I learned it was true, since during the flood ins, it was often necessary to help one another out. Somebody had bread that someone else needed, someone knew how to work on things that might go broken during the flood, a plumber, an electrician. I usually had a freezer full of Girl Scout cookies, and so we made do, and checked on one another. Course, Bob had a plane or helicopter or something up at his end, if we found ourselves in dire straits with a real emergency. That was the rumor, though I never saw it lift off a single time. We had cards for playing and decks for sitting and chatting too.
That’s when I first heard about it, why they liked to guard the bridge before a flood in. Once you’re in, you’re in for a good while, and we don’t want anyone stuck on the wrong side that doesn’t belong.
I once knew the names of the victims in the tragic Black Bear Crossing story, but time and distance prevent me from recalling them now. That can all be verified later.
From what I do recall, as I received the story, a divorced woman was living in her home at Black Bear Crossing and on this evening, she and her new beau were at the house.
Her ex-husband had hidden himself in the surrounding woods, and laid in wait for her return home and the cover of darkness, before entering the home and confronting the couple with a gun.
There is more to the story regarding the altercation, but I do not now recall the details.
To the best of my memory, the woman’s ex-husband shot his former wife, taking her life. The woman’s boyfriend struggling with the ex-husband for the gun, shot the ex-husband, killing him.
The woman or her boyfriend one, had called 9-1-1 and when the police finally arrived, the boyfriend exited the home carrying the gun, and was shot and killed by the responding officer.
Of course, there was an investigation and speculation regarding how such a tragedy could transpire. The officer had claimed it was so dark, visibility was poor.
And the bridge was closed while the police searched the woods in case there’d been an accomplice, and as I said, the woods connect to the national forest up the mountain… so folks at home stayed at home behind closed doors. And those away had to stay away.
As I’ve mentioned, to be sure, it really is very dark in Black Bear Crossing of a night.
So, the first time I had occasion to be visiting the new residents of the home where the tragedy had taken place, and they were a kindhearted couple, they made sure to tell me two things. One, they’d had just a few things happen that had them wondering if they had guests, the smell of a sweet perfume for instance… but for the most part, the visitor was a kind, warm person, if there was a visitor, and they weren’t bothered about it. They told me all about putting in the pellet stove, and then they made sure to point out to me the house had motion sensor lighting. And, the motion sensor lighting was already there when they moved in. They didn’t go into any detail to explain the information to me. But I understood it to mean they questioned the details of the triple homicide. And many other folks did too. Since I had on occasion left the motion sensor lights off at home, and had to stumble up the porch steps and struggle in the dark to unlock the door, it didn’t necessarily point to foul play to me.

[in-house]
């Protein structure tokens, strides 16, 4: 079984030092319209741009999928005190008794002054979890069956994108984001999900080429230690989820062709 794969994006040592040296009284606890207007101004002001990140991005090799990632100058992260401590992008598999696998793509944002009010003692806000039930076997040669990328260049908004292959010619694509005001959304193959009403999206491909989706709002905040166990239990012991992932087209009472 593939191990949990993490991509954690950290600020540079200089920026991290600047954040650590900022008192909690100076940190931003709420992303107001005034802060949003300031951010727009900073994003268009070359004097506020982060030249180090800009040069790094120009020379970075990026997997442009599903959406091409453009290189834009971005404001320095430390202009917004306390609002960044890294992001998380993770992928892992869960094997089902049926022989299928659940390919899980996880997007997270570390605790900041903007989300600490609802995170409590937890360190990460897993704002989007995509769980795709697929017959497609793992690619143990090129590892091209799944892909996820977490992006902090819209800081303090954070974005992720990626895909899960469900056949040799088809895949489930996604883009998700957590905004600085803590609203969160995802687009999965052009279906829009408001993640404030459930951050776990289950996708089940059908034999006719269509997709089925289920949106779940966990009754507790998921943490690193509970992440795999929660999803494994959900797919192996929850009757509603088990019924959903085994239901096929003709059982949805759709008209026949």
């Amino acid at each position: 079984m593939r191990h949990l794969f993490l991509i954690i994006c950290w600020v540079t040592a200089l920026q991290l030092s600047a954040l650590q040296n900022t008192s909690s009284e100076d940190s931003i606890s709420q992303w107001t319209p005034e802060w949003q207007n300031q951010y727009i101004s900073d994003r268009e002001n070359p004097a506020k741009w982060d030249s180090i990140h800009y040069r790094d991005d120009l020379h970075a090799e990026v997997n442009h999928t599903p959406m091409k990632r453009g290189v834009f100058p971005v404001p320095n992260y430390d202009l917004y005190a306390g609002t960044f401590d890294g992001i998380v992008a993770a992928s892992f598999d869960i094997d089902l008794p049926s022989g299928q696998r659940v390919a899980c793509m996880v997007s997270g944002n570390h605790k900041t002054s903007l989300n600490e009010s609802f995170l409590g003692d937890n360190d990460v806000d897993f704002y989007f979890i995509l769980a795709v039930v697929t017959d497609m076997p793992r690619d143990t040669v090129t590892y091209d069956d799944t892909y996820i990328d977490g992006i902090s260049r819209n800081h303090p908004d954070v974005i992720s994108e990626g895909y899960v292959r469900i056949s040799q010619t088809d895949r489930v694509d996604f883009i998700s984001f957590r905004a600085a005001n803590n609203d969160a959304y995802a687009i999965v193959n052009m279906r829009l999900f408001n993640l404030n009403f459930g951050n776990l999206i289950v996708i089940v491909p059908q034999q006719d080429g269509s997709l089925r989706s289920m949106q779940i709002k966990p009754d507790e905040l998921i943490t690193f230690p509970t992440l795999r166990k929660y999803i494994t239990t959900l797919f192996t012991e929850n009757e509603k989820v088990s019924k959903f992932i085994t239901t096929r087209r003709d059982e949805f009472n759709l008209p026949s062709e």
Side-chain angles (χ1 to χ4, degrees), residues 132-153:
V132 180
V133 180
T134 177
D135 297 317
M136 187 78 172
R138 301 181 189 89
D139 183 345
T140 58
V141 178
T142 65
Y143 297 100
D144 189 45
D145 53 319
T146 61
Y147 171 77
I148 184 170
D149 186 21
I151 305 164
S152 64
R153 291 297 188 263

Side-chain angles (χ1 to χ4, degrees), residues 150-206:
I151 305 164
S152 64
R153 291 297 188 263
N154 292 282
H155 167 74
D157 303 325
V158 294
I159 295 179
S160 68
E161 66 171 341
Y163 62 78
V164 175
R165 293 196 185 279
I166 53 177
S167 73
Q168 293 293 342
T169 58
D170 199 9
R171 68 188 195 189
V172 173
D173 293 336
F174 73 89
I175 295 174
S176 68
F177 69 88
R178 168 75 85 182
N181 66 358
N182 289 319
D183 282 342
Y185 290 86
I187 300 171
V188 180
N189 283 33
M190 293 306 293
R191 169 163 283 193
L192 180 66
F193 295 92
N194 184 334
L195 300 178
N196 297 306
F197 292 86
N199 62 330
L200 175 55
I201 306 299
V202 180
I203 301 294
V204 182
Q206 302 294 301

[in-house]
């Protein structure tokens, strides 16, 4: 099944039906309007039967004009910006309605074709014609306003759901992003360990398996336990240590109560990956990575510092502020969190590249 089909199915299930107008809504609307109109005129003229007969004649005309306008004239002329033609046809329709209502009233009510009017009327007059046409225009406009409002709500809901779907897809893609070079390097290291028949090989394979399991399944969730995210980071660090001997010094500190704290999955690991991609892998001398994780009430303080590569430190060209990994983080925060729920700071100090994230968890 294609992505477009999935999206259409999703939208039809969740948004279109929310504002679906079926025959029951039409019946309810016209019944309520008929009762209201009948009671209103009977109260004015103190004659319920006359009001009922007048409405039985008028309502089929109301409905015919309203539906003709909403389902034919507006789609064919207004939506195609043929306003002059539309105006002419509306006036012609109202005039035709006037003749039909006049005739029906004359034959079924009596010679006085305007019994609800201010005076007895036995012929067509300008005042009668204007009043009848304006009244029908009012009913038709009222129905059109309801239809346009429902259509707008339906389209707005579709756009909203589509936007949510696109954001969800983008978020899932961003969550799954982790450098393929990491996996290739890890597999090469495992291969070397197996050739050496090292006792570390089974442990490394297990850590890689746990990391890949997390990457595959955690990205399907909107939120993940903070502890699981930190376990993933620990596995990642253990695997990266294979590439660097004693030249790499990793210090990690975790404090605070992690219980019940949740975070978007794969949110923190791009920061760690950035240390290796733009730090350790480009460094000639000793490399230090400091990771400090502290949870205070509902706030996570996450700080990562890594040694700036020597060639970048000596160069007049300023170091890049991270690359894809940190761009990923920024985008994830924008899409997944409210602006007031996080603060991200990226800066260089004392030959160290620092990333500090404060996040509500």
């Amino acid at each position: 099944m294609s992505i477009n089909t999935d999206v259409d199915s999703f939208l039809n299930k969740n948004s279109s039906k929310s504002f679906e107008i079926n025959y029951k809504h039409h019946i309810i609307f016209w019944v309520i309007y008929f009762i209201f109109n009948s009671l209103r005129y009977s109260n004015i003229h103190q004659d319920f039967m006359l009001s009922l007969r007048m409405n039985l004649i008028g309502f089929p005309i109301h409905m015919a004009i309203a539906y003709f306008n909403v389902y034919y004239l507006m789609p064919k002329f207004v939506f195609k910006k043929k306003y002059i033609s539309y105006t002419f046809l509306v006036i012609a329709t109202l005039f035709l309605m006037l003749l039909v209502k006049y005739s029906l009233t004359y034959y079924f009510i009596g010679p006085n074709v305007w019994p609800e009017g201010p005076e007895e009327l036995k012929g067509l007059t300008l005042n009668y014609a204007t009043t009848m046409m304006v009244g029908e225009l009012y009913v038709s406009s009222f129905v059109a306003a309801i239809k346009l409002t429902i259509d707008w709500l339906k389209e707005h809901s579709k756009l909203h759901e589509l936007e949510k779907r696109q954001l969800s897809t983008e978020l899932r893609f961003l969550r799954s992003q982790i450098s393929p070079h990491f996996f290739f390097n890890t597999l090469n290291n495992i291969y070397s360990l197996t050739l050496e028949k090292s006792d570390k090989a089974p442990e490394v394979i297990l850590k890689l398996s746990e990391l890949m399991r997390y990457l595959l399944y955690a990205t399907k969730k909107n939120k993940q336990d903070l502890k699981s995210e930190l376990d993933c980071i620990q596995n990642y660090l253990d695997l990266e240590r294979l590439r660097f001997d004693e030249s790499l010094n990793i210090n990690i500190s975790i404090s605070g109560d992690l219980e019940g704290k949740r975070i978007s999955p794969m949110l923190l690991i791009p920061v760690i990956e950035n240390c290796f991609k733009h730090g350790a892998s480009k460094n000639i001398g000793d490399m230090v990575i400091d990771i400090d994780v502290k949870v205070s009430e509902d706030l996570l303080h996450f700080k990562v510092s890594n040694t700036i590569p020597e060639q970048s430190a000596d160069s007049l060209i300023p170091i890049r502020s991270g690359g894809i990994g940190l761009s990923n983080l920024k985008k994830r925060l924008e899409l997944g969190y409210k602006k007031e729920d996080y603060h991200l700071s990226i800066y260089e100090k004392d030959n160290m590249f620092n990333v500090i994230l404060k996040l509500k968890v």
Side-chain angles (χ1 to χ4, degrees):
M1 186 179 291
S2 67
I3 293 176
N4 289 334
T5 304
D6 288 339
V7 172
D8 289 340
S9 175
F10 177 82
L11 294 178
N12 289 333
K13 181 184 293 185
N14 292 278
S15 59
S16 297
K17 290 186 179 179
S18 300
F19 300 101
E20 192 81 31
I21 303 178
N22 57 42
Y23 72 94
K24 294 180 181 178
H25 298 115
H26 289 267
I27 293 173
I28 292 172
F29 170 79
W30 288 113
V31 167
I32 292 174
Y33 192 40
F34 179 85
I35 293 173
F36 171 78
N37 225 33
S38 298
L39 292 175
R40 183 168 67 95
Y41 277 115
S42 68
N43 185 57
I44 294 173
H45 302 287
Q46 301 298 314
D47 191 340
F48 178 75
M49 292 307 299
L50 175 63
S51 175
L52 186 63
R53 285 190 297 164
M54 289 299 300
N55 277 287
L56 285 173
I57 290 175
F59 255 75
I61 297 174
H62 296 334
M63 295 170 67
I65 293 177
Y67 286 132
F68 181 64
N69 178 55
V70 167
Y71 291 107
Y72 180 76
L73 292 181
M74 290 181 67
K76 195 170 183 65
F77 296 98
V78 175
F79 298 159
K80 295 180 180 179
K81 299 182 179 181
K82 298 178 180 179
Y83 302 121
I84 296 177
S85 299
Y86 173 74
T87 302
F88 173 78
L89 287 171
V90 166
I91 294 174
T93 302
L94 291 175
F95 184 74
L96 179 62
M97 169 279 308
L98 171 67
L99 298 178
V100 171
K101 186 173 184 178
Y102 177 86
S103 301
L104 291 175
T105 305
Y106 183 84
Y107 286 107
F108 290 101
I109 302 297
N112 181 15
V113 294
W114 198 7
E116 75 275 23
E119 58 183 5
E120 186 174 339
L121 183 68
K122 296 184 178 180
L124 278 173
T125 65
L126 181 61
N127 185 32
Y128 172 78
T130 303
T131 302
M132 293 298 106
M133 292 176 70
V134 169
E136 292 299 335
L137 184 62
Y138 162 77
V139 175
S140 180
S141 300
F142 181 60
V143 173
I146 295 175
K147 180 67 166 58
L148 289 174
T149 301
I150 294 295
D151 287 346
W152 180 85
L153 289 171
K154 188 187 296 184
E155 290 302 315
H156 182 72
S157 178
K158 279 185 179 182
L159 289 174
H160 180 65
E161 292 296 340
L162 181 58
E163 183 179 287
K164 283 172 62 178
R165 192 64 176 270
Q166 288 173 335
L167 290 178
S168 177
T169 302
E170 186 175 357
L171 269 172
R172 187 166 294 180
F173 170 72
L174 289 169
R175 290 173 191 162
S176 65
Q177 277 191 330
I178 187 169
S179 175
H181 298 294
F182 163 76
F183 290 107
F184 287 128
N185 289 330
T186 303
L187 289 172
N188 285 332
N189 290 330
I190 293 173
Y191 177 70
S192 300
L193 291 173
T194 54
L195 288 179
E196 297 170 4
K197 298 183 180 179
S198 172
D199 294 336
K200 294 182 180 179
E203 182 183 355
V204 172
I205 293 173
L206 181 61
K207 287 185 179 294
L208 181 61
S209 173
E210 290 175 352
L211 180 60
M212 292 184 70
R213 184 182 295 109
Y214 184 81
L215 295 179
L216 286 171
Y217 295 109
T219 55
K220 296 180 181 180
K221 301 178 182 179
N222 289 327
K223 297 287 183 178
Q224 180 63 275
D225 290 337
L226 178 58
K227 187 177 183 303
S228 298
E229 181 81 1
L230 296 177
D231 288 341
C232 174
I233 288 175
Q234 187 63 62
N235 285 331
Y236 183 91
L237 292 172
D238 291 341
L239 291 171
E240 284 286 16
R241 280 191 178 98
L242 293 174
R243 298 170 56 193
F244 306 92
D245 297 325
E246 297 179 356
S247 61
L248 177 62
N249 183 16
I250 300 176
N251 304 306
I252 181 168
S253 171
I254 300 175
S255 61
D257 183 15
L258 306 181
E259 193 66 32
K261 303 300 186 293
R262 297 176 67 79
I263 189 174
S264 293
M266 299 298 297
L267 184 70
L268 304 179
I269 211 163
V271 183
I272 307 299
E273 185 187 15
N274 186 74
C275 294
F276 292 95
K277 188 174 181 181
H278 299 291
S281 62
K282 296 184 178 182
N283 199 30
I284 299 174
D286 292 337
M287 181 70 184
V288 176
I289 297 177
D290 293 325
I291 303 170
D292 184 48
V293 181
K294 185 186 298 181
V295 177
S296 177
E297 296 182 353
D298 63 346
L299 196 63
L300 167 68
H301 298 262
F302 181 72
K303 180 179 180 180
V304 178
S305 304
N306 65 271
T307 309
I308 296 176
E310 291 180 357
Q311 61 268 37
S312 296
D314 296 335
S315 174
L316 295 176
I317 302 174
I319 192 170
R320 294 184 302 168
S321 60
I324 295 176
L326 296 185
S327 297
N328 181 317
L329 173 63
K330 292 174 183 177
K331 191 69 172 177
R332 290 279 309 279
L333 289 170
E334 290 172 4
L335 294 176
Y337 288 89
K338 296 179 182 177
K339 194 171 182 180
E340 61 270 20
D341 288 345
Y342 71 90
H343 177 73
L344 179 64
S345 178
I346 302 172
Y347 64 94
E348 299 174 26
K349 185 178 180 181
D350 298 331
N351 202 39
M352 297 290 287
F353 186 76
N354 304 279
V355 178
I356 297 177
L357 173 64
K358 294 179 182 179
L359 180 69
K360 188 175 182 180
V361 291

But it did cause one to walk a little more reverently on a summer evening passing by that way, and it did add to the mystery that flowed with the river. You never knew what might wash up, carried in by the river. I’ve seen all sorts of things, large and small, including a deck, lawn chairs, a toilet and a sofa.
I don’t much like bringing up such a sad tragedy… but you can trust that I have my reasons for doing so.
“Don’t go home alone.”
Brenda and Tanya
Black Bear Crossing
Sacred Tricky Crow Leveling Plain-speak
(A story within a story within a story for times when you can no longer tell up from down, times like these.)
August 20, 2017
Inspired by a dream, a poem, a song and a riot.
Next day far from Charlottesville on the late night news.
Crow sauntered off the front walkway…
a red envelope with a raised gold letter left in his wake.
“Supreme Man Kind,” a song.
From Solomon to Ward all the way to Jay Z,
Sometimes a song wants a song you see.
Waddlin, swagger or stuntin all work.